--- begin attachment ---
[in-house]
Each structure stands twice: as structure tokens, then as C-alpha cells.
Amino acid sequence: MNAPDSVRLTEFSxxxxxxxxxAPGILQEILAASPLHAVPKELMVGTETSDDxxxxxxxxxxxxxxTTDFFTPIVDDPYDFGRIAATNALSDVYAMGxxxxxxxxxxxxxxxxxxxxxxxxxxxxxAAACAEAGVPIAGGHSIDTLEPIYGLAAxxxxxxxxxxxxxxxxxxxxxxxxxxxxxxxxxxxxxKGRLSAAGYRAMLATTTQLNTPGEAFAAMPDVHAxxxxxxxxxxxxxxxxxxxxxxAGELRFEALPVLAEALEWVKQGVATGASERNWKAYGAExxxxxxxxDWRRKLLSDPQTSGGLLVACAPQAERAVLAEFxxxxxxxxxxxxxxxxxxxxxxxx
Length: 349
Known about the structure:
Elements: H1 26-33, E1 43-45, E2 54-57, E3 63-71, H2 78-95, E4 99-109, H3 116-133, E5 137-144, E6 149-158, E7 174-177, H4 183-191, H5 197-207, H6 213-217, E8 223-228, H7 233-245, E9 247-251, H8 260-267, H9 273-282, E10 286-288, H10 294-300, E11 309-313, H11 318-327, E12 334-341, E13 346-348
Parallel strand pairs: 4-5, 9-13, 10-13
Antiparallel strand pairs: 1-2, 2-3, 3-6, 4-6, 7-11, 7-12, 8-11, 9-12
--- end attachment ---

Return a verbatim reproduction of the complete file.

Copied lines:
[in-house]
Each structure stands twice: as structure tokens, then as C-alpha cells.
Amino acid sequence: MNAPDSVRLTEFSxxxxxxxxxAPGILQEILAASPLHAVPKELMVGTETSDDxxxxxxxxxxxxxxTTDFFTPIVDDPYDFGRIAATNALSDVYAMGxxxxxxxxxxxxxxxxxxxxxxxxxxxxxAAACAEAGVPIAGGHSIDTLEPIYGLAAxxxxxxxxxxxxxxxxxxxxxxxxxxxxxxxxxxxxxKGRLSAAGYRAMLATTTQLNTPGEAFAAMPDVHAxxxxxxxxxxxxxxxxxxxxxxAGELRFEALPVLAEALEWVKQGVATGASERNWKAYGAExxxxxxxxDWRRKLLSDPQTSGGLLVACAPQAERAVLAEFxxxxxxxxxxxxxxxxxxxxxxxx
Length: 349
Known about the structure:
Elements: H1 26-33, E1 43-45, E2 54-57, E3 63-71, H2 78-95, E4 99-109, H3 116-133, E5 137-144, E6 149-158, E7 174-177, H4 183-191, H5 197-207, H6 213-217, E8 223-228, H7 233-245, E9 247-251, H8 260-267, H9 273-282, E10 286-288, H10 294-300, E11 309-313, H11 318-327, E12 334-341, E13 346-348
Parallel strand pairs: 4-5, 9-13, 10-13
Antiparallel strand pairs: 1-2, 2-3, 3-6, 4-6, 7-11, 7-12, 8-11, 9-12